• The auditor has a duty to make a report on the accounts and the financial statements that are examined by her. The auditor shall give an accurate and complete report regarding the financial position of the company to the members of the company.
  • The auditor is also placed under a duty to comply with the auditing standards data recommended by the Institute of Chartered Accountants.
  • The auditor has a duty to disclose instances of fraud on the part of the employees of the company that have come to her notice on examination or on finding some evidence. The auditors disclose cases of fraud to the Central Government.
  • The auditor is also placed under the duty to sign audit reports that are made by her and other documents of the company.

Auditing and Investigation – Differences

In the first instance, it may seem that auditing and investigation and one and the same things. However, even though they may be similar and out in aspects, there are significant differences between Auditing and Investigation. Some of the differences between Auditing and Investigation are mentioned below:

  • Meaning

An investigation is the inquiry of the financial activities for a specific purpose of a company.

An audit is a critical examination of the financial records of a business entity for the purpose of verifying it and assessing its accuracy.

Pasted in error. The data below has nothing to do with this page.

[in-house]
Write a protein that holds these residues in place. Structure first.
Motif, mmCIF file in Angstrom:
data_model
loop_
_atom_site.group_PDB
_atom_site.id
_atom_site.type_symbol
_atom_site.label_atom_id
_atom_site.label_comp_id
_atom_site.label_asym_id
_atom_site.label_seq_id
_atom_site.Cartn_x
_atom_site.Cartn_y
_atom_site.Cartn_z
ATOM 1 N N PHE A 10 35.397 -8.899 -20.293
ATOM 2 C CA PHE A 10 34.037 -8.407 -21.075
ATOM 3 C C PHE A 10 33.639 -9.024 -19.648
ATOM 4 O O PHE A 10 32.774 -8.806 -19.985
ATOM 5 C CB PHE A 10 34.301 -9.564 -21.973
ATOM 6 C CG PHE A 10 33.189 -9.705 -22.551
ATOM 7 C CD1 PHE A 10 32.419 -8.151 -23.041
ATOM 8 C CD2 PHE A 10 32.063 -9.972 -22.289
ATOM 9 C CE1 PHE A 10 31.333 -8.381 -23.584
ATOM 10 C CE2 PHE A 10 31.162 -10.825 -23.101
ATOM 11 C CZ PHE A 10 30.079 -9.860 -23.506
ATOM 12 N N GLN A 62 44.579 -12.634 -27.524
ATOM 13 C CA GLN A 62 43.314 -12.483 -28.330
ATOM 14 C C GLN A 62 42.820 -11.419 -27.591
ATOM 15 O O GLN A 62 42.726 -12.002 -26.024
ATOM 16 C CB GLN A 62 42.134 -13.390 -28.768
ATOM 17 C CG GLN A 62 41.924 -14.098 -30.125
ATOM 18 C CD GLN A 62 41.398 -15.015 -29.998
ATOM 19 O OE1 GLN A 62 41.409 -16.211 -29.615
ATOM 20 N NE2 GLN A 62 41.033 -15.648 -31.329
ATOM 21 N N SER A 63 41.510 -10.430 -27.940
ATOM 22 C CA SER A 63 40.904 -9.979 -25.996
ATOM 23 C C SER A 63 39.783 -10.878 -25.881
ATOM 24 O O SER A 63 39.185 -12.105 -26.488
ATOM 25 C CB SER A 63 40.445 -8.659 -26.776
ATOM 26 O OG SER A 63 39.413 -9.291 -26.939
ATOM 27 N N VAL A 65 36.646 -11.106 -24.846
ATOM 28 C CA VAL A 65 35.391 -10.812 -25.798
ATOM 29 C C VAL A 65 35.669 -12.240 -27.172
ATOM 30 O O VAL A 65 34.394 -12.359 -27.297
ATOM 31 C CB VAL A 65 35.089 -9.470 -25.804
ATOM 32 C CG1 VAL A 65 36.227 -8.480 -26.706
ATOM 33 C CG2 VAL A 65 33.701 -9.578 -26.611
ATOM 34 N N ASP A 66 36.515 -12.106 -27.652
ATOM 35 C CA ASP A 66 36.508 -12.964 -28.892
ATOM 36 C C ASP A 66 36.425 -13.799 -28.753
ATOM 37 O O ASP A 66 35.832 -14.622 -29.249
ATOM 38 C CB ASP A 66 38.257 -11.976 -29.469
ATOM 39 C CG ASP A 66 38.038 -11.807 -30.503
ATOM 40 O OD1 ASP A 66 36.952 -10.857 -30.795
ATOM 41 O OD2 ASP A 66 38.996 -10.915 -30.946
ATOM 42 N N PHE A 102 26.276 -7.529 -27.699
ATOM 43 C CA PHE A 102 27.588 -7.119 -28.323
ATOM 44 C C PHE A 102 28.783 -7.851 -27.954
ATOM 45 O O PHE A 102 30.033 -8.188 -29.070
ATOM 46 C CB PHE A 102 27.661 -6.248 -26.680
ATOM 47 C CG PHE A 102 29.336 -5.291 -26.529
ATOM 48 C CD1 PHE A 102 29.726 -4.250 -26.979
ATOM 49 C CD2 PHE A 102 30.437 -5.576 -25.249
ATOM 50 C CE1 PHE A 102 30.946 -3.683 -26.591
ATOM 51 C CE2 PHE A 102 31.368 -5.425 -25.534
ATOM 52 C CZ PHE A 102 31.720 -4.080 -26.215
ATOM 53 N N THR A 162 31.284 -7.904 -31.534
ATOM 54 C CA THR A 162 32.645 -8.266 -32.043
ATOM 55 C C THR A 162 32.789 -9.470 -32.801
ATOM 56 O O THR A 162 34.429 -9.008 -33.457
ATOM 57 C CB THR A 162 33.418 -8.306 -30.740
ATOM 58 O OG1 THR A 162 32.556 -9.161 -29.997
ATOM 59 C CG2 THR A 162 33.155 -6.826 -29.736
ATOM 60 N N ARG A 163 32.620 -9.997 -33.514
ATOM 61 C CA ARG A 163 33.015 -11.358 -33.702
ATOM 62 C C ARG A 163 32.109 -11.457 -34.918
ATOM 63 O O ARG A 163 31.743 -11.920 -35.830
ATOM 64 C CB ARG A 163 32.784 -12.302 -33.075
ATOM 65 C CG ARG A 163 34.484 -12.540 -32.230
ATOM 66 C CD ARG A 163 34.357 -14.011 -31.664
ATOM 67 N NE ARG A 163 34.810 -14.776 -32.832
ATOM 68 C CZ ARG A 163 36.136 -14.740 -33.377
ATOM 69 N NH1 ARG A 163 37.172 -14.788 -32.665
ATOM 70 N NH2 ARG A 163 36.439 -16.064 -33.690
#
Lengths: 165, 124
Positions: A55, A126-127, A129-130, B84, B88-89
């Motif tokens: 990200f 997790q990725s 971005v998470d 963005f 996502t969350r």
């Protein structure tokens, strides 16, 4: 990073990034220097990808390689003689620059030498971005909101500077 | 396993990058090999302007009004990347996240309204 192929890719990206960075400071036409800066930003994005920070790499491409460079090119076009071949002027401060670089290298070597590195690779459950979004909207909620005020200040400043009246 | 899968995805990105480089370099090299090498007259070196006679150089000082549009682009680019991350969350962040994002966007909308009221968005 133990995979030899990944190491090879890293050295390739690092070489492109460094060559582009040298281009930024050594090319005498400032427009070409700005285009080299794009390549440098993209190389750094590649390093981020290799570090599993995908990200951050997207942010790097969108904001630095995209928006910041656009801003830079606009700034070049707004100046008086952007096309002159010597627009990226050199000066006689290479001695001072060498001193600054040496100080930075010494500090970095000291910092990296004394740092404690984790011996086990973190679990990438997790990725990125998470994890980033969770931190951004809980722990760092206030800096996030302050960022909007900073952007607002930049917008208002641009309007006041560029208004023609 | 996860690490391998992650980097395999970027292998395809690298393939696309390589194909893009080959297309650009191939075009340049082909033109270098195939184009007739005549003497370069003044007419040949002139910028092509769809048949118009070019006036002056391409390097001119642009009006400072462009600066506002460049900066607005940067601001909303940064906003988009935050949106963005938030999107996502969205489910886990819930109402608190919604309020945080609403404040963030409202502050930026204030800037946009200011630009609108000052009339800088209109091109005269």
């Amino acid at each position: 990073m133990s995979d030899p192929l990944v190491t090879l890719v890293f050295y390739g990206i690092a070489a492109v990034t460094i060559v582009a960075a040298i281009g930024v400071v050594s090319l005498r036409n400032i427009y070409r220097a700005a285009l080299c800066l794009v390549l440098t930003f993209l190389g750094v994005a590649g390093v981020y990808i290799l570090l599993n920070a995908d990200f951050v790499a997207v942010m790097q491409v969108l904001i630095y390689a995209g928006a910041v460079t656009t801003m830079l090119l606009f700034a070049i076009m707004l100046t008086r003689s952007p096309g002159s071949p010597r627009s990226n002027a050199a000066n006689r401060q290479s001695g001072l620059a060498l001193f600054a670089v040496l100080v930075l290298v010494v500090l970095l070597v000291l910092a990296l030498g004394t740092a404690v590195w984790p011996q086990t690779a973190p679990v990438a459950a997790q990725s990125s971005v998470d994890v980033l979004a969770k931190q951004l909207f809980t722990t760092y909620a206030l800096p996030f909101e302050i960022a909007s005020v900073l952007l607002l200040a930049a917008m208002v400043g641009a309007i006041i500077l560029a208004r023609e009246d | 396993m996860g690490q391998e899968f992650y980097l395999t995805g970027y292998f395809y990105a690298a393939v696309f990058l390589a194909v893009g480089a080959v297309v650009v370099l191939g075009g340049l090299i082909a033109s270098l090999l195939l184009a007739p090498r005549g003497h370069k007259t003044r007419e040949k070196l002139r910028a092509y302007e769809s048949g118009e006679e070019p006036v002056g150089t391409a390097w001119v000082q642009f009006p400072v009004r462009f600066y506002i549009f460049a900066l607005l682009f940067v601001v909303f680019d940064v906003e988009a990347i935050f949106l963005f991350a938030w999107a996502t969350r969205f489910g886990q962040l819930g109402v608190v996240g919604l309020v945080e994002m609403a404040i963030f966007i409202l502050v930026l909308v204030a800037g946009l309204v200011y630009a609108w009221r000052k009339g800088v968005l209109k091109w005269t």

• Guiding Principles

An investigation is not guided by any particular standards that are specifically prescribed under the law. However, a statutory audit is required to be done as per the generally accepted “standards on accounting,” which have been formulated by the Council of the ICAI or The Institute of Chartered Accountants of India in accordance with the international students that have been issued by the IAASB or the International Auditing and Assurance Standards Board.

  •  Scope:

Investigations generally have a limited scope as they are confined subject matter of investigation on a specific purpose for which it is being conducted and is confined to the matters related to the subject matter itself. Investigations are generally conducted on behalf of 3rd parties like financial regulators or investors, or the owners of the company for the purposes of the investigation.

However, the scope of audits is more comprehensive as it is conducted with the general purpose of forming an opinion on the financial activities of the company by analysing and examining the financial records and statements of a company. An audit was just conducted on behalf of the owners of the company.

  • Objectives

An investigation is conducted with the purpose of ascertaining a particular fact for a specific purpose and it can vary from assignment to assignment. For a business entity, it can include the examination of the affairs or financial records of a company to find out errors or instances of fraud or malpractice or for any other specific purpose. Investigations are not conducted to ascertain the overall financial position of the company. It is limited to the aspects that are required to be looked into in order to fulfil the purpose for which the investigation is being conducted.